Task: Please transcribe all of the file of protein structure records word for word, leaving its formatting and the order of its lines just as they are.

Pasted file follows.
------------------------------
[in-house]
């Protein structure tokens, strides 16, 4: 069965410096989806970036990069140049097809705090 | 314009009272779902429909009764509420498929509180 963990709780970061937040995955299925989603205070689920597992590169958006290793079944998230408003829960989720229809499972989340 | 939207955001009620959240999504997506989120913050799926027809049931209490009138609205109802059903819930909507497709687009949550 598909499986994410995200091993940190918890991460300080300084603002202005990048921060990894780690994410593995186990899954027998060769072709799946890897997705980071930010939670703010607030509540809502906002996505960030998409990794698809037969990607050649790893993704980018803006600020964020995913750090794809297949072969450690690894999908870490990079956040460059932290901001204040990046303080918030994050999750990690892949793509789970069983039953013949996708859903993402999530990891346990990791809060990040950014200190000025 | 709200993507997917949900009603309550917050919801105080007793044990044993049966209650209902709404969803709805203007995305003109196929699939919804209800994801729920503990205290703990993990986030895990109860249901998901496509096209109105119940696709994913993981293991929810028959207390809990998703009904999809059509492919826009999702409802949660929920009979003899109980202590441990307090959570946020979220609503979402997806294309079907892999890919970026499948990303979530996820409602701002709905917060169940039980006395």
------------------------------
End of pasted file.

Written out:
[in-house]
């Protein structure tokens, strides 16, 4: 069965410096989806970036990069140049097809705090 | 314009009272779902429909009764509420498929509180 963990709780970061937040995955299925989603205070689920597992590169958006290793079944998230408003829960989720229809499972989340 | 939207955001009620959240999504997506989120913050799926027809049931209490009138609205109802059903819930909507497709687009949550 598909499986994410995200091993940190918890991460300080300084603002202005990048921060990894780690994410593995186990899954027998060769072709799946890897997705980071930010939670703010607030509540809502906002996505960030998409990794698809037969990607050649790893993704980018803006600020964020995913750090794809297949072969450690690894999908870490990079956040460059932290901001204040990046303080918030994050999750990690892949793509789970069983039953013949996708859903993402999530990891346990990791809060990040950014200190000025 | 709200993507997917949900009603309550917050919801105080007793044990044993049966209650209902709404969803709805203007995305003109196929699939919804209800994801729920503990205290703990993990986030895990109860249901998901496509096209109105119940696709994913993981293991929810028959207390809990998703009904999809059509492919826009999702409802949660929920009979003899109980202590441990307090959570946020979220609503979402997806294309079907892999890919970026499948990303979530996820409602701002709905917060169940039980006395």